For Kwoklyn Wan, cooking has always been a family affair. Growing up in Leicester in the Seventies, the chef has fond memories of a childhood spent running around the city’s first Cantonese restaurant, owned by his parents, Myra and John.

“It was very much our playground growing up,” says the 48-year-old, describing days spent “literally crawling under the tables - because when you’re a kid you always want dens, don’t you?” with younger brother Gok, (pictured far right) who went on to find fame as a TV presenter.

“My brother and I, there’s only a year and a couple of months between us. We were terrible, we were more like twins and we would get ourselves into a lot of of trouble.

“There are pictures of us when we’re three or four years old and we’re in bow ties, white shirts and black trousers. My dad would literally parade us around, you know, ‘This is a family-run restaurant’.”

As they got older, the mischievous brothers, along with sister Oilen, were enlisted in the kitchen.

“Mum and dad could ring us from downstairs and say, ‘We’re really busy, you need to come downstairs and help out’, whether that was washing or peeling onions or peeling carrots, or even just tossing fried rice. And that’s how you learn the trade.”

Wan is still based in Leicester, where he lives with wife Lisa Jayne and daughters Maya-Lily, 20, and Lola-Rose, 14, which means he hasn’t been able to see Gok much during the pandemic.

“He came back a couple of times and we had socially distanced get togethers at the front of my mum and dad’s house, but I haven’t seen for several months now,” the chef says. So is he missing his little bro?

“Sometimes I miss him, sometimes I don’t. He just annoys me sometimes - I think that’s just normal!” he says, laughing.

“With your siblings, it doesn’t matter how old you get, you’ve always got that sibling thing, ‘Oh he’s just bugging me now, just go home!’”

After cutting his teeth in their parents’ restaurants, embarking on his own culinary projects and later opening a martial arts school having also practiced kung fu since he was a child, five years ago, Wan decided to focus on cooking full-time.

“I’ve concentrated on sharing my experiences and my knowledge with through books, articles, and TV,” which, he says, gives him the opportunity to be more creative in the kitchen.

“I get to play at what I know, and to be quite honest I think I’ve become a better chef in the last five years than I’ve ever been, purely because I’m really looking at dishes, really looking at flavour combinations, different textures.

“When you’re working full-time in a restaurant, I don’t think you really look at it that way. You’re just trying to knock the dishes out because you’ve got 500 orders coming through and the phones are ringing off the hook, whereas now I get time to play and experiment.”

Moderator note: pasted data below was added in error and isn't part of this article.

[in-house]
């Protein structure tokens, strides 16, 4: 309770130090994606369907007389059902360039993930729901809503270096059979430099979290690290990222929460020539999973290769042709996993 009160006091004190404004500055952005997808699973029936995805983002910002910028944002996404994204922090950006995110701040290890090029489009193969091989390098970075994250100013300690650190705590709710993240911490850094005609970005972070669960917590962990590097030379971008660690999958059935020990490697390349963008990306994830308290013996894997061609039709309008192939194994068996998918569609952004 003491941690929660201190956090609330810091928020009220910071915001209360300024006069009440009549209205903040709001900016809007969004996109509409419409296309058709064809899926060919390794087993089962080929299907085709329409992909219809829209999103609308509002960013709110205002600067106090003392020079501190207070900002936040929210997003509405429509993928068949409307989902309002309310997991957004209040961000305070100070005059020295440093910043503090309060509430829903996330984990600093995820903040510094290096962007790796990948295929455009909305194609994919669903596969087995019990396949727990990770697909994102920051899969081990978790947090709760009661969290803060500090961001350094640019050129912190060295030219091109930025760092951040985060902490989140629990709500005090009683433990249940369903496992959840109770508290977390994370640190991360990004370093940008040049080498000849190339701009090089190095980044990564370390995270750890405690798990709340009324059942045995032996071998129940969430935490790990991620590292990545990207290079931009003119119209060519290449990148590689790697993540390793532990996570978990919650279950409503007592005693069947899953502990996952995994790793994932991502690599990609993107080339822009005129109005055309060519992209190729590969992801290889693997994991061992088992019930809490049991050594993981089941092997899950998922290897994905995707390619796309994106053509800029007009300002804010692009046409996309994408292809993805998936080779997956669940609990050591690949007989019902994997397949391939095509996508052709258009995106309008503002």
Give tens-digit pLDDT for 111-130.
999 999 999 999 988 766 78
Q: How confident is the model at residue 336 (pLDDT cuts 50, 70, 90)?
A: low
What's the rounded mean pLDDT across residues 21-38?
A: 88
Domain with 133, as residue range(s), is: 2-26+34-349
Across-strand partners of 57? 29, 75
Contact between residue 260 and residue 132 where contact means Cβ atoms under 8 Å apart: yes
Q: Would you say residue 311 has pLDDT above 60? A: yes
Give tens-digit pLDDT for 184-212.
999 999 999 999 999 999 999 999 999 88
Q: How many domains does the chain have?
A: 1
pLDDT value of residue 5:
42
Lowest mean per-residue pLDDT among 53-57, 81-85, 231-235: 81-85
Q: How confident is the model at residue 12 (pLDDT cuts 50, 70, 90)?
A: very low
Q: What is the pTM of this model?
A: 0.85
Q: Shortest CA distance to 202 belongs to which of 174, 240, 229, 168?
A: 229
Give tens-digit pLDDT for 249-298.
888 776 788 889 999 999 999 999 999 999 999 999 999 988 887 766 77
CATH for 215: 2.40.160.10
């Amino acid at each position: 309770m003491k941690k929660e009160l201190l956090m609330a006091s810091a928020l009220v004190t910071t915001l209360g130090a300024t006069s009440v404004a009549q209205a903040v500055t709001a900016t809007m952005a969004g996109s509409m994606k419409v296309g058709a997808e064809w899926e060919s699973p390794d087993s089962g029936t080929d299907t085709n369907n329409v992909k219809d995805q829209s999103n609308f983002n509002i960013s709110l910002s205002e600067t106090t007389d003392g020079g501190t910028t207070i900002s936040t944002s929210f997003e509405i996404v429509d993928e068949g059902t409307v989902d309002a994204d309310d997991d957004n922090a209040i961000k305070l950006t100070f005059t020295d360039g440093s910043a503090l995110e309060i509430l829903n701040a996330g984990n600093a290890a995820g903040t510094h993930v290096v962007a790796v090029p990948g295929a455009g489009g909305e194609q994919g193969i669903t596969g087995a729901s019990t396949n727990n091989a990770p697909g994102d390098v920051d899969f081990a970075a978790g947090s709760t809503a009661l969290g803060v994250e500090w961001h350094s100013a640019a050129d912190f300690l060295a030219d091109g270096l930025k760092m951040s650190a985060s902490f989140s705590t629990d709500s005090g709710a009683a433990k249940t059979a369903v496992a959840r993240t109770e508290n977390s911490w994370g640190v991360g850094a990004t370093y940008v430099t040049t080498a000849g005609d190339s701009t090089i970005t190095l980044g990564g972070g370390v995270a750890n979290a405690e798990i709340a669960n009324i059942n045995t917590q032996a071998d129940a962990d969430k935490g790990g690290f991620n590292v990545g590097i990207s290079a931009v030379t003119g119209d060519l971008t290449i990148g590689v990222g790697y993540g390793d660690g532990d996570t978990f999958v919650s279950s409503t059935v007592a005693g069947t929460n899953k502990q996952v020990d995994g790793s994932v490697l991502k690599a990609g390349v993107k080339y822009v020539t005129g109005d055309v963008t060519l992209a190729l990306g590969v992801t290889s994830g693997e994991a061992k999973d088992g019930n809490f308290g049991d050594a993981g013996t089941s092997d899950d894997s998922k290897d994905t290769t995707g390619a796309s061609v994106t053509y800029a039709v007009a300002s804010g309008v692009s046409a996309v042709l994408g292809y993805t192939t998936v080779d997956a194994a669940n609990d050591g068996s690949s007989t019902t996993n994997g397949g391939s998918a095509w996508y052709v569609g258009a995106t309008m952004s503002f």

Now on his fourth Cantonese cookbook, Chinese Takeaway In 5 features recipes that require just five main ingredients (plus a few store cupboard essentials), an approach he says is ideal for anyone who’s looking to reduce the amount of meat they eat.

“The nice thing about Chinese food is the Chinese really have learned how to bring out the best of the vegetable, so you don’t really need to supplement them with a meat substitute. You just use a nice vegetable and give it the TLC it needs to bring out the flavour.”

Usually at this time of year, Wan would be preparing to appear on This Morning to coincide with Chinese New Year. But due to the pandemic, the much-loved TV show has cut back on featured guests.

“After last year, 2020, they actually invited me on a regular basis, so I was going to go in once or twice a month to do some cooking. And then we went into lockdown.

“I spoke to the producers the other day and they said, ‘We really want you to come on still but at the moment during lockdown, unless you’re a regular chef, we’re not having any guests in’.

“That’s the thing that’s hit the hardest [about the pandemic], because obviously This Morning is a massive platform. Unfortunately I missed out on all of that last year. “

He will, however, be starring in Kwoklyn’s Chinese Takeaway Kitchen, an eight-part series coming to Amazon Prime in February.

When the pandemic is over, the father-of-two is planning to go back to Hong Kong to continue his explorations into Cantonese cuisine. But before that, he’s even more excited about holidaying closer to home with the family in tow.

“We actually bought a minibus, which we turned into a camper van - so we can just jump in the van and set up on a clifftop somewhere.

“I’m hoping lockdown doesn’t go on too long, because as soon as I’ve got this minibus kitted out, I want to start disappearing. That’s what I’m really looking forward to.”

Chinese Takeaway In 5 by Kwoklyn Wan, photography by Sam Folan, is published by Quadrille, priced £15.